Monday, June 16, 2008

CATCH THE READING BUG WEBLIOGRAPHY (from Rhonda Puntney's CEO Newsletter through April 2008)

Websites are loosely categorized by activities and games, bugs in books, crafts, fingerplays and songs, food and recipes, general education, and miscellaneous.


  • The Itsy Bitsy Spider Game
    You will need to create a water spout for your Itsy Bitsy Spider out of plastic tubing and a PVC joint, small plastic spiders, water, plastic cups for pouring water down tube.

    How to play:
    • sing the Itsy Bitsy Spider
    • put spiders into tube
    • add water to "wash the spider out" (from the Makinglearningfun discussion group)

  • Who Will Be The Next Etymologist?
    Games are ubiquitous. Turn on TV and you will see people earnestly being apprentices, trying to survive in the boardroom, racing in amazing ways, and dancing their star-studded feet off. In this all-new game by Summer Reading Game Guru Pam Carlson, our young library patrons will complete a series of educational bug-related tasks to find out "Who Will Be the Next Etymologist."

    It's easy and fun and everything you need to know is here including the ever-so-high-fashion iron-on t-shirt artwork and a predictably popular PowerPoint Presentation. So download the data and then detail duties to the diligent that are to join you in the "bug room." (From Stephanie Stokes at

Other bug games you can buy: Ant in the Pants, Cootie, Bug-opoly, Bug Bingo, much more. I just did a quick search on


Here are several links to online games featuring bugs:


Insects (and Other Arthropods) in Literature

Humanity has been reflecting on insects for a very long time. In the Cave of Spiders near Valencia, Spain, there is a 6000-year-old petroglyph that depicts the gathering of wild honey. The Chauvet Cave paintings of southern France are, at 30,000 years of age, the oldest works of art known to us. Amidst the riot of horses, lions and rhinos on the cave walls are apparent images of butterflies and centipedes. Likewise, the oral and written traditions of many peoples include stories that feature insects or other arthropods. Throughout time, these animals have been used by writers and storytellers to flesh out a wide array of thoughts and emotions, as the selection here illustrates. Some of these pieces deal directly with insects; in other cases, the imagery is a step or two removed.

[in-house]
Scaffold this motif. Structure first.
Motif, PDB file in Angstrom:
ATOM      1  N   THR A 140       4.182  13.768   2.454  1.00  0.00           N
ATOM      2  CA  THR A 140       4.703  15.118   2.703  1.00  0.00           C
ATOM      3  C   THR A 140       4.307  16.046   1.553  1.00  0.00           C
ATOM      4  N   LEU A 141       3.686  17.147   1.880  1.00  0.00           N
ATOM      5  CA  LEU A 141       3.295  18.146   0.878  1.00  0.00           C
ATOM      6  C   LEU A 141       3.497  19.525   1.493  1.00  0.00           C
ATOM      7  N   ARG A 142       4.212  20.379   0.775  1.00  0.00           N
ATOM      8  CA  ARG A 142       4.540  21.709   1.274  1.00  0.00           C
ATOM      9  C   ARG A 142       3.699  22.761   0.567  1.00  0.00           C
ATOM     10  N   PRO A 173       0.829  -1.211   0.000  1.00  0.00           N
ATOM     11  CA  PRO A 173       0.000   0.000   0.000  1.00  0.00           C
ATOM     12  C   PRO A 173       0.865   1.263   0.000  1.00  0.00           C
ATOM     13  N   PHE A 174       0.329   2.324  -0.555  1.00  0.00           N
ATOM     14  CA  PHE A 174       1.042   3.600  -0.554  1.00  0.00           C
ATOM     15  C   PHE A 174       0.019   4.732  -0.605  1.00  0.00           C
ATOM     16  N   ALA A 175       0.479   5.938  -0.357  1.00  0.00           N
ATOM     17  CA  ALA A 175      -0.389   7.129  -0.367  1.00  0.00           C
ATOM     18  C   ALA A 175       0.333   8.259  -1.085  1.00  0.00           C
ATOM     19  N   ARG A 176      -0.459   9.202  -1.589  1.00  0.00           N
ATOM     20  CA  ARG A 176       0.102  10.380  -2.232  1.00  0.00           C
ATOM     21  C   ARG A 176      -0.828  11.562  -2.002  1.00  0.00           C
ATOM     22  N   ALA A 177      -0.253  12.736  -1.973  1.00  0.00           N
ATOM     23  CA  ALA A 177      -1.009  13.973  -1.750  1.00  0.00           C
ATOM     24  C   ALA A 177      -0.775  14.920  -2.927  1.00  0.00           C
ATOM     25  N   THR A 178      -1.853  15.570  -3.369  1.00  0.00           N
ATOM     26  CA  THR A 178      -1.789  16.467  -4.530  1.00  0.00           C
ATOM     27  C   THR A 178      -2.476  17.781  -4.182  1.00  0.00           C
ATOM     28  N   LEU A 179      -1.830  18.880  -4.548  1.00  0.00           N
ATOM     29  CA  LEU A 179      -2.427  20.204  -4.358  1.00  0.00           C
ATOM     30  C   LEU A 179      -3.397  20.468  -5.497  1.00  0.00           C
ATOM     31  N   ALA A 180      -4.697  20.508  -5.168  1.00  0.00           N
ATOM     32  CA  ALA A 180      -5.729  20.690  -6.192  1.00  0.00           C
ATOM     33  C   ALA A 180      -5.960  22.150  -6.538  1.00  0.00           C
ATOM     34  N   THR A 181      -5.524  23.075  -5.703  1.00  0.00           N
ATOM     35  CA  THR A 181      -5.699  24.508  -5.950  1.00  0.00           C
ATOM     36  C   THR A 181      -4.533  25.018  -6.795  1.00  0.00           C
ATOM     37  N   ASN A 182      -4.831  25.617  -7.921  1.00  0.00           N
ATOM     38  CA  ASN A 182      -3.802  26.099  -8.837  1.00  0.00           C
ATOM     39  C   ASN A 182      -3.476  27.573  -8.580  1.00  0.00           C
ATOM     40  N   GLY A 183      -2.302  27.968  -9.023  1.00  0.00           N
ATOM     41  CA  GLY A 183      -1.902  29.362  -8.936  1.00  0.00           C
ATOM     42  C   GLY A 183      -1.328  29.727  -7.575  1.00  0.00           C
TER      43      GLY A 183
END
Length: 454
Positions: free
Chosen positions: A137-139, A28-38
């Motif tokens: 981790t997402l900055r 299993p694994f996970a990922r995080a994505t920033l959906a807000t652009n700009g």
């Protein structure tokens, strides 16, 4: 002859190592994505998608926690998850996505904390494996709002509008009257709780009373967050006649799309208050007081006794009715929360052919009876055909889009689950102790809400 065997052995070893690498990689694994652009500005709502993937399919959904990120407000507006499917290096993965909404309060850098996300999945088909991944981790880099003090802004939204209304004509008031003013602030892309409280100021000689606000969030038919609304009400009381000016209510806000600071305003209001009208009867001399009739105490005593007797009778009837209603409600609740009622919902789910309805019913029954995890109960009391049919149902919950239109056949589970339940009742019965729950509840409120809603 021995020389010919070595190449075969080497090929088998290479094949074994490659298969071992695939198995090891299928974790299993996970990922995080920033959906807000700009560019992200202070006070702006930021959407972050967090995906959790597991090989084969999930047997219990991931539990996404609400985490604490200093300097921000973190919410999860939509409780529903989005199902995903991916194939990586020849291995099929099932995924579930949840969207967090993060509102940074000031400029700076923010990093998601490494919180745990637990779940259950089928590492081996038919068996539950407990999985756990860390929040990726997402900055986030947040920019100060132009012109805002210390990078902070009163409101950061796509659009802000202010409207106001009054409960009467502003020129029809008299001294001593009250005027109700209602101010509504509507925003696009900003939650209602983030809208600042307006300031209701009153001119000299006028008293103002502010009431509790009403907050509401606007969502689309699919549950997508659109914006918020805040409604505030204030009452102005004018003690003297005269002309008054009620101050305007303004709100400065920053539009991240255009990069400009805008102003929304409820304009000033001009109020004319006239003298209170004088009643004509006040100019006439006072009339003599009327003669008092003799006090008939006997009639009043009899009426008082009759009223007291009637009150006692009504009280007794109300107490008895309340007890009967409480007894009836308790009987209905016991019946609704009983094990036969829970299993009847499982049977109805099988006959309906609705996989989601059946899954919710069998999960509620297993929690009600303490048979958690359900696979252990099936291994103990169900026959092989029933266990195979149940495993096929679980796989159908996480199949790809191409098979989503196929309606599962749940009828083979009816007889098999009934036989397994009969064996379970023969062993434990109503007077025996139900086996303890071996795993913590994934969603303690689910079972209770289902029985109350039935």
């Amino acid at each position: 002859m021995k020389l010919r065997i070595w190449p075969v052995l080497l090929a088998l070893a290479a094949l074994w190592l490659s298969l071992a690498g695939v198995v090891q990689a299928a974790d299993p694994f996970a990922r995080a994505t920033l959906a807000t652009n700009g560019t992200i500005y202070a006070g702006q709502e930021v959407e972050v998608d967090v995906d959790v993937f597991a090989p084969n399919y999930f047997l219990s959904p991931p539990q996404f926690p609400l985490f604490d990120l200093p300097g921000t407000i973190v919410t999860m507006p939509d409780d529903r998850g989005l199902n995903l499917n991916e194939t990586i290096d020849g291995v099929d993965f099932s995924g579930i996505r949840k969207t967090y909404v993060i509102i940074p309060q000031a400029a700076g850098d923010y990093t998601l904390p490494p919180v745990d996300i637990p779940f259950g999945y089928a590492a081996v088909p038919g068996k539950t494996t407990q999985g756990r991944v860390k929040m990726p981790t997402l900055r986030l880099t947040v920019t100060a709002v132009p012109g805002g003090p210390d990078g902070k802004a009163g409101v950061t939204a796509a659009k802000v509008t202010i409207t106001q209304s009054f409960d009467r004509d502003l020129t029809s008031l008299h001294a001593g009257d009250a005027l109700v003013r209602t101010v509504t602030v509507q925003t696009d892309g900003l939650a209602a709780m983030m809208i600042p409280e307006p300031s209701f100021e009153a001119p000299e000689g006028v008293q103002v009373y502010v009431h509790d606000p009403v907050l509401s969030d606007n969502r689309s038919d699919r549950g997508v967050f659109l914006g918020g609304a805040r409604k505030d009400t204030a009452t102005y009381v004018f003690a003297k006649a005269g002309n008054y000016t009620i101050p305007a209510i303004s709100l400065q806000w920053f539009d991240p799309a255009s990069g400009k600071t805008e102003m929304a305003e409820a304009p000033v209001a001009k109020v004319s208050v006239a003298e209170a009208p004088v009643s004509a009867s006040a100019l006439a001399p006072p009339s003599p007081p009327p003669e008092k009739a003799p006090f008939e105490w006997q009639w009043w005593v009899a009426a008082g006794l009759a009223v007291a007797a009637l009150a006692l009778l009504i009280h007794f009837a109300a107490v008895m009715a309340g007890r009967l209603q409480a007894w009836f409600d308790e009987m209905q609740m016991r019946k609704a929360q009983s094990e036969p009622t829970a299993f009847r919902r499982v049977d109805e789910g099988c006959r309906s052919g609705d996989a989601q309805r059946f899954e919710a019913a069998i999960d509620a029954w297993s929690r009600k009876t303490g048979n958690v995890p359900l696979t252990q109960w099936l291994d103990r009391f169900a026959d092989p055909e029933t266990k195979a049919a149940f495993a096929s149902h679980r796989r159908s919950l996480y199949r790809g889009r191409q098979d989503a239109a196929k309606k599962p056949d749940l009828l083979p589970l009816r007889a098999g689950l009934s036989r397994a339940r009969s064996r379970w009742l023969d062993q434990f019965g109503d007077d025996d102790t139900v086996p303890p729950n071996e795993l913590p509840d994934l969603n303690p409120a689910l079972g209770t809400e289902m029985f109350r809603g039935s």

Favorite Bug and Insect Characters in Children’s Literature (in no particular order)

  • Charlotte
  • Miss Spider (and all variations thereof)
  • Stellaluna
  • The Very Hungry Caterpillar
  • Giggle Bugs (or any of the David A. Carter bugs)
  • Maybelle the Cockroach
  • Big Bad Bully Bug
  • Fly (from Diary of a Fly)
  • Spider (from Diary of a Spider)
  • Bow-Wow’s Bug
  • Harry the Poisonous Centipede
  • Manuelo the Praying Mantis
  • Ace Lacewing, Bug Detective
  • Hector
  • Inspector Hopper
  • Crickwing
  • The Little Squeegy Bug
  • The Grouchy Ladybug
  • The Very Busy Spider
  • Anansi


Bug Crochet Patterns

Get the teen stitching groups involved in the action and have them work up these goodies for you.

Dragonfly Pin

Honey Bee

Mosquito Finger Puppet



Bug Fridgies

Insect Repellent